"Economics is a Form of Brain Damage."
I was knee-deep in a documentary on the global economy for Canada’s National Film Board, gallivanting around interviewing the world’s most esteemed economists and growing more disillusioned by the day. The economists claimed they’d discovered laws within their discipline as solid as the laws of physics. We can micromanage growth, engineer prosperity and keep the economy humming with few or no ill effects, they said. It was such arrogant bullshit. And Hazel called them on it.
She wasn’t an economist herself; her husband was. After years of breathing his and his colleagues’ second-hand smoke at dinner parties, she knew where these boys were messing up. They were tallying the wrong numbers, recommending the wrong paths, and relying on models that bore only a passing resemblance to how people really behaved and the world really worked. Neoclassical economics, she said, was “a form of brain damage.”
Few listened to her — at least at first. Because she was just “a housewife,” standing outside the clubhouse, listening through the keyhole. (Of course that’s often the best place to be. You know what’s going on, but you didn’t drink the Kool-Aid.)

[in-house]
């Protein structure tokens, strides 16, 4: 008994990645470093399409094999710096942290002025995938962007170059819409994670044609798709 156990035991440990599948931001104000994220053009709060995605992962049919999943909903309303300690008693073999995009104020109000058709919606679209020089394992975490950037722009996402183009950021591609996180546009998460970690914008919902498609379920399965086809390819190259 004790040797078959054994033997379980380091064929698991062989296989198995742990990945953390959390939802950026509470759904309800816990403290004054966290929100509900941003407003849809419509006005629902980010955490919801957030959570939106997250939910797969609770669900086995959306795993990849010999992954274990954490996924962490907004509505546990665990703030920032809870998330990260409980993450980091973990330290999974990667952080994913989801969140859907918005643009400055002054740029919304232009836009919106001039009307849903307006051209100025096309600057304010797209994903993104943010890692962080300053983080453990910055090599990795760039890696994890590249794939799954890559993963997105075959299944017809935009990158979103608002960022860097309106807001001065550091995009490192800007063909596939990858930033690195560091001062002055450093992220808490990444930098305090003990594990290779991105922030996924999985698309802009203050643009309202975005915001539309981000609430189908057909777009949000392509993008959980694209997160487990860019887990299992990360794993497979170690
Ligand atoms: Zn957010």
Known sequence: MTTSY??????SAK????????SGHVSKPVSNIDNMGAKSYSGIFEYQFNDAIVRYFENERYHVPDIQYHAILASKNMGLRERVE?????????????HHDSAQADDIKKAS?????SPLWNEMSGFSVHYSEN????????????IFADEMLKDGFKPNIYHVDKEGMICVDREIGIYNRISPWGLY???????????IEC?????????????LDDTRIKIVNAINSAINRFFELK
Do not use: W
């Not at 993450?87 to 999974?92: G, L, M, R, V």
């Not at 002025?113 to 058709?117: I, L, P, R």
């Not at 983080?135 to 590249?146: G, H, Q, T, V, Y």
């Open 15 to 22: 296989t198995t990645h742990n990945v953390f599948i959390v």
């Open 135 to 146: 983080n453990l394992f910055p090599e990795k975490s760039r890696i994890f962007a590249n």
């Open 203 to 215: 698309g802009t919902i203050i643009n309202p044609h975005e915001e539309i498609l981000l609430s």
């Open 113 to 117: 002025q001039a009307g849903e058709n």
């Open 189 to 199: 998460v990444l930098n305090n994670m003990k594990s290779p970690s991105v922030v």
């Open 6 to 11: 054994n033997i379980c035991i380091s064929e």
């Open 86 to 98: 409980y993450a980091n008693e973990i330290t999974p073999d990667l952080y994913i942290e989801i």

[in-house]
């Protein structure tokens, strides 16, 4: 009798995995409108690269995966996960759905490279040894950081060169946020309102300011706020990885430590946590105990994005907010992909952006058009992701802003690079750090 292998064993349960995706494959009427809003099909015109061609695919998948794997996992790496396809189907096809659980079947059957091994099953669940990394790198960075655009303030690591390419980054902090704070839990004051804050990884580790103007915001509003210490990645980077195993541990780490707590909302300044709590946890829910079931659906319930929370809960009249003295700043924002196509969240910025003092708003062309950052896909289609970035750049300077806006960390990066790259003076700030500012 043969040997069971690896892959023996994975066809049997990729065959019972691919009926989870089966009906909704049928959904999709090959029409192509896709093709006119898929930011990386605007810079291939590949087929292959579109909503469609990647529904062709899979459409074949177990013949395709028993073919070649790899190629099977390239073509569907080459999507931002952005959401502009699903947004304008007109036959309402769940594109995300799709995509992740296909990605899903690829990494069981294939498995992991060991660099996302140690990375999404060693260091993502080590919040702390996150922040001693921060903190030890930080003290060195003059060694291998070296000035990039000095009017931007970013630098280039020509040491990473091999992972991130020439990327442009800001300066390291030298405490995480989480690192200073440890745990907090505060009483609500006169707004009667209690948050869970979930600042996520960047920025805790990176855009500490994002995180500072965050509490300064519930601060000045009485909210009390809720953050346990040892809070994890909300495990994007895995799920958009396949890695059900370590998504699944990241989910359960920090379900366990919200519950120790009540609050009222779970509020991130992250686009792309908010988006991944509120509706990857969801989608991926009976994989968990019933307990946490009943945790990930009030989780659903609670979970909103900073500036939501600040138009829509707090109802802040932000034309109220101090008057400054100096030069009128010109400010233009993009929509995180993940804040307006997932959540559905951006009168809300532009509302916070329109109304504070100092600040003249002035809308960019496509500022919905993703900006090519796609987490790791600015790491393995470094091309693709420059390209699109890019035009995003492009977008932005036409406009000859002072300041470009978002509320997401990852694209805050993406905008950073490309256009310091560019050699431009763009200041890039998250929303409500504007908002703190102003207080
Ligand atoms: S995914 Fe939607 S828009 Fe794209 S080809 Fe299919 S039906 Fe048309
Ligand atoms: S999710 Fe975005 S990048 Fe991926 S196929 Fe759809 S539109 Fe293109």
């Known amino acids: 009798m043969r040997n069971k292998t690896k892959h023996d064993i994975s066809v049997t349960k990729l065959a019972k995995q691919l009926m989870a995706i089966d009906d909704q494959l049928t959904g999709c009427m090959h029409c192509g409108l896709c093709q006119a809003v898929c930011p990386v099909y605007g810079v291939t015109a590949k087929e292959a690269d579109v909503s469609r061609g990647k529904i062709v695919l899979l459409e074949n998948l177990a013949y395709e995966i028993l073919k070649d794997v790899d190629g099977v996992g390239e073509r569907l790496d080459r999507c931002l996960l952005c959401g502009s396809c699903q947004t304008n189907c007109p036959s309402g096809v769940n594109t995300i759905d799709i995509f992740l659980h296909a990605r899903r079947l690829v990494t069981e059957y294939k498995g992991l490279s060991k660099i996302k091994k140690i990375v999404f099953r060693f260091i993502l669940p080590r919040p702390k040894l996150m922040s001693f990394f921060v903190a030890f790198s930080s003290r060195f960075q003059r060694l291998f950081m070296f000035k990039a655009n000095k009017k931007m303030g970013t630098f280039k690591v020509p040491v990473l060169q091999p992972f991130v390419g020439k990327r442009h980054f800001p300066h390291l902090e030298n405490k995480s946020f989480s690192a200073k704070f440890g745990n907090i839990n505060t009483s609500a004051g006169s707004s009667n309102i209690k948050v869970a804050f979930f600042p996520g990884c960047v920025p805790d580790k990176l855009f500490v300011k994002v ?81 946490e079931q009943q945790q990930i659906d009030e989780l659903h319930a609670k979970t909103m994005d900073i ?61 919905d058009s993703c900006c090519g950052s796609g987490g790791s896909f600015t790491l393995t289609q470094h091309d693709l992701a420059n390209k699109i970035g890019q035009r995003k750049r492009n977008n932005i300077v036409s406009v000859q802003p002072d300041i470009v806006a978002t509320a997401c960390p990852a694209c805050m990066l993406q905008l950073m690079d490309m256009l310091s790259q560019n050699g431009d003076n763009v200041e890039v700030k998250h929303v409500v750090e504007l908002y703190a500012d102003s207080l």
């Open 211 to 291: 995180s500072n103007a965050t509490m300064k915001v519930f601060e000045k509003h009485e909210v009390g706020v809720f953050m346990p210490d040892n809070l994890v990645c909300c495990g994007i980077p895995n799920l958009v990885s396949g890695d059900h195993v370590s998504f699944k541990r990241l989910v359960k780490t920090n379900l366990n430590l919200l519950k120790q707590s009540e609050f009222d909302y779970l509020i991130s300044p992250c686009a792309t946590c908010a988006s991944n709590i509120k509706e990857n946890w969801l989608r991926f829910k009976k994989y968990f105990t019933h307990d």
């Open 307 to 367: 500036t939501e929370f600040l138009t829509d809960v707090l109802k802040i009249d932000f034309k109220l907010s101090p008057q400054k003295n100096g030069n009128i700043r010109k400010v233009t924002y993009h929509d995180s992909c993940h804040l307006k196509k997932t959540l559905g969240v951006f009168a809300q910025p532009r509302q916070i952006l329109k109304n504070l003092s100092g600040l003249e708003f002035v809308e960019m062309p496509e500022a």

J.K. Galbraith cast a longer shadow, out there with her on the Left, but he wasn’t nearly as radical. To me, Hazel was the first person who truly drove home the idea that economists were mis-measuring progress. Gross Domestic Product (GDP) as the master metric? Come on. Things like literacy rates and the health of children are better indications of whether a country is thriving than GDP — which also glosses over the damage, the “externalities,” left in the system’s wake. JFK was swayed by her message. A year after meeting with Hazel, Kennedy on the campaign trail had this to say about the GDP:
“It measures neither our wit nor our courage, neither our wisdom nor our learning, neither our compassion nor our devotion to our country. It measures everything, in short, except that which makes life worthwhile.”
The sustainable alternative model Hazel proposed — based on renewable energy sources and biomimicry — was so ahead of its time that the old guard couldn’t even see it over the curve of the horizon.
Hazel could have been, maybe should have been, the Jane Jacobs of economics. Jacobs, too, was uncredentialed and dismissed as a mere homemaker meddling in the old boys’ network of urban planning, favoring such nonsense as diversity and locally driven solutions.
The two women had this in common too: they talked of the coming of a New Dark Age if we don’t get our shit together.